Beyond mission work, this King James Version (KJV) Audio Bible is an ideal way to keep daily Scripture in the lives of those that struggle with reading or complicated technology. Seniors, kids and the blind find this device easy to use. This simple player was designed to look like a leather-bound Bible. It has only a few buttons / dials and no screens. The MP3 audio track is safe from tampering and cannot be recorded over. A dial turns this book reading machine on and off and controls the volume – which can be turned up loud enough to fill an entire room with sound. For personal listening, there is an opening for a headphone jack.
Check Price Here: https://amzn.to/3lnX4OQ
Orcam MyEye with Reading Device
OrCam MyEye wearable assistive technology provides independence by allowing access to visual information, conveyed by audio, on a tiny camera that can be attached to any pair of eyeglasses. Using Artificial Intelligence the Orcam device reads text, recognizes faces, and identifies products.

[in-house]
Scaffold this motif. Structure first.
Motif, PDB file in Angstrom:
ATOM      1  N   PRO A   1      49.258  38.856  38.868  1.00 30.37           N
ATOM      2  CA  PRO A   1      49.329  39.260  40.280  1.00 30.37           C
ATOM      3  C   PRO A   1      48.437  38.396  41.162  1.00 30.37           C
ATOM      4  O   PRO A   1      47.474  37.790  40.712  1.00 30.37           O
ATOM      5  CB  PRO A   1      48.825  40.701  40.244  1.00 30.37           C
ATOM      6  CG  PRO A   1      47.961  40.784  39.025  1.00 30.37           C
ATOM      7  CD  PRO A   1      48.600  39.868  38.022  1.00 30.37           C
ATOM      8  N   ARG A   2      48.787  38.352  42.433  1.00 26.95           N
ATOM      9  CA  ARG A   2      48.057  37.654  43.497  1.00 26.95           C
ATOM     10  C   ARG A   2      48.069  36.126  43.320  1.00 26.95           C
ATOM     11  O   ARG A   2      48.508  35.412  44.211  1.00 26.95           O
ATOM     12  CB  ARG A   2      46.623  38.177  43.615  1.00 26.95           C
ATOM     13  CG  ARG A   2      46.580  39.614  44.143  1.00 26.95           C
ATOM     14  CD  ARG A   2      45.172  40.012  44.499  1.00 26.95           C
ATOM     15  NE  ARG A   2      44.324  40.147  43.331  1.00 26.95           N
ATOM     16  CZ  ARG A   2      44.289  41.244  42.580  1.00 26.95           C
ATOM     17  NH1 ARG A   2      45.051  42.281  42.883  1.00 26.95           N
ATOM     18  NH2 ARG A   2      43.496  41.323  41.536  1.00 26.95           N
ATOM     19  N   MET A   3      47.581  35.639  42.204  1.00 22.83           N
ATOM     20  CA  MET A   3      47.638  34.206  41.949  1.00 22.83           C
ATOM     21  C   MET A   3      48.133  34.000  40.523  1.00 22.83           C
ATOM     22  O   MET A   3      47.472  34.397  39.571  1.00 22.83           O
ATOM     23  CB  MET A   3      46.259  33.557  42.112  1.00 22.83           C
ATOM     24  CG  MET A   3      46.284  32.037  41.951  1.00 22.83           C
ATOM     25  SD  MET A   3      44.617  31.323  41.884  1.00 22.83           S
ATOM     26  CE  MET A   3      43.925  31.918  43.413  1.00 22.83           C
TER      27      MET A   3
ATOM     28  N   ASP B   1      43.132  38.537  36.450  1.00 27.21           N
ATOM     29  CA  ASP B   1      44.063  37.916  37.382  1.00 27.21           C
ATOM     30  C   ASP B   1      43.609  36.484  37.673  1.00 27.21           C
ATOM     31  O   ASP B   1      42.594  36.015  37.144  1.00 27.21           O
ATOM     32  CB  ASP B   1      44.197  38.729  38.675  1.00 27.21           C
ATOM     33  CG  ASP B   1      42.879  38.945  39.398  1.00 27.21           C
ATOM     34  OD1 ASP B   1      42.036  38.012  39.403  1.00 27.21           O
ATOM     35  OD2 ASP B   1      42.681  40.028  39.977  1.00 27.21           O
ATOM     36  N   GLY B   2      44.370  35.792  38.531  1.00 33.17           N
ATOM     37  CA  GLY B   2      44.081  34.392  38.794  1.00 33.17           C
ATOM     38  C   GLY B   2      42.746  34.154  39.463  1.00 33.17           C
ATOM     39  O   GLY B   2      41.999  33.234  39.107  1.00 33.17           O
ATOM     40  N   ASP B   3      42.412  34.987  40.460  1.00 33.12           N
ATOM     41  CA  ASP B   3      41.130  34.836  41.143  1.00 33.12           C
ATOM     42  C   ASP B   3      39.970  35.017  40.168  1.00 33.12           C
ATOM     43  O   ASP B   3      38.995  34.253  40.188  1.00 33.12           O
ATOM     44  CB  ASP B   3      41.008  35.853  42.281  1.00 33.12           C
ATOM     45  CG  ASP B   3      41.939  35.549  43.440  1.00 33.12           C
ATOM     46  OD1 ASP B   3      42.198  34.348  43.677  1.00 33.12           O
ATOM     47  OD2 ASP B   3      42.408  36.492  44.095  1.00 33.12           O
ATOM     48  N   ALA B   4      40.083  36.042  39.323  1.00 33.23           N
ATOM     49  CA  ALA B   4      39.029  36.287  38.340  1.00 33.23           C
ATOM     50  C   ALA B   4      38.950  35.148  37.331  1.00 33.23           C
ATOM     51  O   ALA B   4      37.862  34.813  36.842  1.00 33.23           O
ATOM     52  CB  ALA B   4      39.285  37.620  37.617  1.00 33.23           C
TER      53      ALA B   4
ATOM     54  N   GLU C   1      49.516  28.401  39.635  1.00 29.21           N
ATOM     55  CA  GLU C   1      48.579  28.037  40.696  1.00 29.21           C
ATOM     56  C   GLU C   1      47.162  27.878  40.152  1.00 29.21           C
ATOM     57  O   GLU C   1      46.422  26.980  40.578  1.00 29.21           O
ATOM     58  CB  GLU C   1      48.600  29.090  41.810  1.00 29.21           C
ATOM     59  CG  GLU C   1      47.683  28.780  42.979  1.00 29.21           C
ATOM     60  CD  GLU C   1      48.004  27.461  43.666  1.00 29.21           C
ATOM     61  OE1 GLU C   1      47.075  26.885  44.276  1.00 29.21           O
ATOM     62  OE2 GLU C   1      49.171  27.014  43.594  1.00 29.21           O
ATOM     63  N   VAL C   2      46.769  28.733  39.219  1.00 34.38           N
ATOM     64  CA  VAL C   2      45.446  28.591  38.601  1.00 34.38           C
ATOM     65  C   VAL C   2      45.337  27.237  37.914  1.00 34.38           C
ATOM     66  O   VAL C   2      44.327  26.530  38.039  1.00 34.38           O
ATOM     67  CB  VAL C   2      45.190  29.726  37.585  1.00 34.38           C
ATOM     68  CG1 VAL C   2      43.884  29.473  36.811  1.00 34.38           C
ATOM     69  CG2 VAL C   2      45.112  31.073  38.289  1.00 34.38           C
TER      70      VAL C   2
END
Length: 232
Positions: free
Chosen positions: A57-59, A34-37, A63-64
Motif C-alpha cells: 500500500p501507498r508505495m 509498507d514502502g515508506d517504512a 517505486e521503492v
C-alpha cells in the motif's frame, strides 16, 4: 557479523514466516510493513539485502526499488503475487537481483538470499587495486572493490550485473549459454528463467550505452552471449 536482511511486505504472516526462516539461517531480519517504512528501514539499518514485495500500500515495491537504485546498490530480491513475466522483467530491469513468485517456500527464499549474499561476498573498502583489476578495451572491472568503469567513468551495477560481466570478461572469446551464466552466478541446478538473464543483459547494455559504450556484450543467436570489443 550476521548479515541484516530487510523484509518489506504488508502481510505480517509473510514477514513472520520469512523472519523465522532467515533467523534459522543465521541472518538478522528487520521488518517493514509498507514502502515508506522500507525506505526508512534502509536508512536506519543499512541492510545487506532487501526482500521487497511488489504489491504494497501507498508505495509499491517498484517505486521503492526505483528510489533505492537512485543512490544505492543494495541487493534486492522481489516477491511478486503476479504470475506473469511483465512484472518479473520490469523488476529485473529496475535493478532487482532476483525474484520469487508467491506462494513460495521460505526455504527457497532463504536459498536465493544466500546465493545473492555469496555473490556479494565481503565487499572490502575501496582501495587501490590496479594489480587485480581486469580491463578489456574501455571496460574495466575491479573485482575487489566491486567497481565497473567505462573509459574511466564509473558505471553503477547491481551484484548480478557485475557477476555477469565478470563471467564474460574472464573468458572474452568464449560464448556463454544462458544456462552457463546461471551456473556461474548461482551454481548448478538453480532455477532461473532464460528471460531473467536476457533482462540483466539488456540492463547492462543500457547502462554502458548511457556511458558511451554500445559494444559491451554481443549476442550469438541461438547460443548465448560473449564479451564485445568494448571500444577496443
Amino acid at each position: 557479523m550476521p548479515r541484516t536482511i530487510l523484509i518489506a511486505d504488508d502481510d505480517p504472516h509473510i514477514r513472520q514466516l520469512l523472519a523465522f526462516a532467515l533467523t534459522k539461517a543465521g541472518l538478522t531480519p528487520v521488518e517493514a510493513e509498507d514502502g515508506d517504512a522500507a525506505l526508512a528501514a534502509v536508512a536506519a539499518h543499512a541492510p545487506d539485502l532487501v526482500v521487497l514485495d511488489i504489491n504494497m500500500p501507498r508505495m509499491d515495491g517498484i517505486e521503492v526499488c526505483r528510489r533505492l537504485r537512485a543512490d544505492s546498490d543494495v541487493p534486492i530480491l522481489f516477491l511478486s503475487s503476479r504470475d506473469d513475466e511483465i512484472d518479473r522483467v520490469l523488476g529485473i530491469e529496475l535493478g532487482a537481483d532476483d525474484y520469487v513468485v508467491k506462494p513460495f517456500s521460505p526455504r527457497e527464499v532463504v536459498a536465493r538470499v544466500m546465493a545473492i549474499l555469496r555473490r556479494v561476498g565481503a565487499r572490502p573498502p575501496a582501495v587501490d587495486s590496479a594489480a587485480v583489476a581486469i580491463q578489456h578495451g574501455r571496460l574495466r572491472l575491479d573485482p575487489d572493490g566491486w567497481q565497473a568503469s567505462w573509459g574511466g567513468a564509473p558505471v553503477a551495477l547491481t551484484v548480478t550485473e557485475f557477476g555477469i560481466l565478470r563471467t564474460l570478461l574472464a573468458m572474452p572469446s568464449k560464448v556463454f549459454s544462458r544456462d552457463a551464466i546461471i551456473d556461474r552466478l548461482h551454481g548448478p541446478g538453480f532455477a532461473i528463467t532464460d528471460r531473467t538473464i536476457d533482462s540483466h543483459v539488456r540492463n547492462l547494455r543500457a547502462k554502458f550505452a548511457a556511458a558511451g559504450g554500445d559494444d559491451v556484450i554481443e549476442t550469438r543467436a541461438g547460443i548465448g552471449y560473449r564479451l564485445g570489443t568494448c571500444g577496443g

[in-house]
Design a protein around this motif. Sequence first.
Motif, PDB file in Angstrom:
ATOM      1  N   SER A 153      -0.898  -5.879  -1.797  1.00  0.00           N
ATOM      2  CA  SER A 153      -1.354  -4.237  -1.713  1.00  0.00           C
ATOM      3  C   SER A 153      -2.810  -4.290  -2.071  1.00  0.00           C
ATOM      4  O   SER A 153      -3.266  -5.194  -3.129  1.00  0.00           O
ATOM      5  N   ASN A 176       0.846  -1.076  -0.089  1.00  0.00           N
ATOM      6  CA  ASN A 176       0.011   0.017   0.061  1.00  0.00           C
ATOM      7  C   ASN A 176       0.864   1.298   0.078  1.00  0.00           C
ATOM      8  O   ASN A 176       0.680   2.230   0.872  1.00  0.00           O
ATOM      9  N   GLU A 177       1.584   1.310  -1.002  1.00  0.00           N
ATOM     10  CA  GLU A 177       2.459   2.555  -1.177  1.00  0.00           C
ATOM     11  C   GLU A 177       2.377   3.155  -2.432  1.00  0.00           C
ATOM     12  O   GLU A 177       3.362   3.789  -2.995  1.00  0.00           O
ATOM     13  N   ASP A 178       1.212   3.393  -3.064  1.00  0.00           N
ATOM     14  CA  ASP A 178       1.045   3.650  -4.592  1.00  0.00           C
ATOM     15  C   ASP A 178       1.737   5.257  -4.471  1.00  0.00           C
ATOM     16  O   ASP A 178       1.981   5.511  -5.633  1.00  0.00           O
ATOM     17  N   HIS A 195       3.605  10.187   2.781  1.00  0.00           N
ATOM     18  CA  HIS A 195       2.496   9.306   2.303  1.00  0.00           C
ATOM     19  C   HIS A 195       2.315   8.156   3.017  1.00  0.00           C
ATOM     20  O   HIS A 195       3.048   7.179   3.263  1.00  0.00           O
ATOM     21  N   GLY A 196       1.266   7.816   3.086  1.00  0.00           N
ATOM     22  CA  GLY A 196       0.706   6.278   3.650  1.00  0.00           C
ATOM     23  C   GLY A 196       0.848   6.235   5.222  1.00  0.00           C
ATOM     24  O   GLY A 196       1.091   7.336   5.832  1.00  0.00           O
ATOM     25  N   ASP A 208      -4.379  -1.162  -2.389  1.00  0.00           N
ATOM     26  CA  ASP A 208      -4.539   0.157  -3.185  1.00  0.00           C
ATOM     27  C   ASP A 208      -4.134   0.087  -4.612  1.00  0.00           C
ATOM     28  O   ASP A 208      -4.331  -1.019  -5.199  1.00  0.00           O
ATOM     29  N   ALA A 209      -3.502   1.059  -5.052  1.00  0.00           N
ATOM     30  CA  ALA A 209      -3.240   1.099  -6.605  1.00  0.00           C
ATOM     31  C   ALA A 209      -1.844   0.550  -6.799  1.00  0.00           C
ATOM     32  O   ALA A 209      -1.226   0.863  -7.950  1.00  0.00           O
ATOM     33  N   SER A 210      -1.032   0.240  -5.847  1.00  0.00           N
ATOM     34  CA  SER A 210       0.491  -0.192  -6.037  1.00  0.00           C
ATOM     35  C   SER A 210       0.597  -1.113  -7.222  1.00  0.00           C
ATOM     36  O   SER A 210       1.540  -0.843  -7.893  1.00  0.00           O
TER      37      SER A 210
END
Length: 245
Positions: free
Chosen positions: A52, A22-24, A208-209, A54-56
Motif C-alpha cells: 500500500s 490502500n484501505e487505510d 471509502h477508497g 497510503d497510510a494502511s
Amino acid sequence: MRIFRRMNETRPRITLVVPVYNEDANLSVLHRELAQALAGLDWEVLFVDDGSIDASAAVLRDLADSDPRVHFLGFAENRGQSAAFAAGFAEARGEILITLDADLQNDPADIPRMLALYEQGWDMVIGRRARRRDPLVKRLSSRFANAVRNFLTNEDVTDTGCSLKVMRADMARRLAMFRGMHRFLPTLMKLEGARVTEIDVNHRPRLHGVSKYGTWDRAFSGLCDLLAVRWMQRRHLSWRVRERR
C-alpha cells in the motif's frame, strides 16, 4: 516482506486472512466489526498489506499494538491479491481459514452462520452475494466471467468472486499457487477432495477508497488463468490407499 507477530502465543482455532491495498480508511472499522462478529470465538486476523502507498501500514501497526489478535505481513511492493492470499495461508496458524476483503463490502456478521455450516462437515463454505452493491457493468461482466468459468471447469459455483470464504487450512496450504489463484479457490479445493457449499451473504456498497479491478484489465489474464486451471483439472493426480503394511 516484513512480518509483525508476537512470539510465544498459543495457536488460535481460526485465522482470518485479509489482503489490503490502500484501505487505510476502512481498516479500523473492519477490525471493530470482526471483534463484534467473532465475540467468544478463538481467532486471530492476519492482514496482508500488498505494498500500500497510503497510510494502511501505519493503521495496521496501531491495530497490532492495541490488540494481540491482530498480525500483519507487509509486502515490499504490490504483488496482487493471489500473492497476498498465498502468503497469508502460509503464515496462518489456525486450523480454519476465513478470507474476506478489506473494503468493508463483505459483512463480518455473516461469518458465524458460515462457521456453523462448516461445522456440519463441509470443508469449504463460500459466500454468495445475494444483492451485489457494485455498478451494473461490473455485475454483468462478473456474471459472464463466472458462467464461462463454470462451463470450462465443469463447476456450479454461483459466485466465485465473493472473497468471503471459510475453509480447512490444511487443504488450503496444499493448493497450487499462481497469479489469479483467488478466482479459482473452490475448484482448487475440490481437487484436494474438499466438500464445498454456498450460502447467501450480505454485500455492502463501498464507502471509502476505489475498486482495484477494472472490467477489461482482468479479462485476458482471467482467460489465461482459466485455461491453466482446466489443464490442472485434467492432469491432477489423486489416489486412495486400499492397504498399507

OrCam MyEye can help people with a variety of needs and is suitable for all eye conditions and all levels of vision loss. OrCam MyEye also benefits people with reading fatigue and reading difficulties. Check Price Here: https://amzn.to/3afpQuB
Talking Daisy Book & Media Player
The most affordable Daisy book reader, newest generation with 14 hours battery life. Plays unprotected Daisy 2.1 and 3.1 books, a wide variety of unprotected EBooks, and of course audiobooks and music. Lightweight,compact design (107x48x17mm), includes free tech support.
Check Price Here: https://amzn.to/3AqrMLc
From the Library of Congress, National Library Service for the Blind and Print Disabled (Free Resources):
National Library Service (NLS) is a free braille and talking book library service for people with temporary or permanent low vision, blindness, or a physical, perceptual, or reading disability that prevents them from using regular print materials. Through a national network of cooperating libraries, NLS circulates books and magazines in braille or audio formats, that are instantly downloadable to a personal device or delivered by mail free of charge.
What is BARD?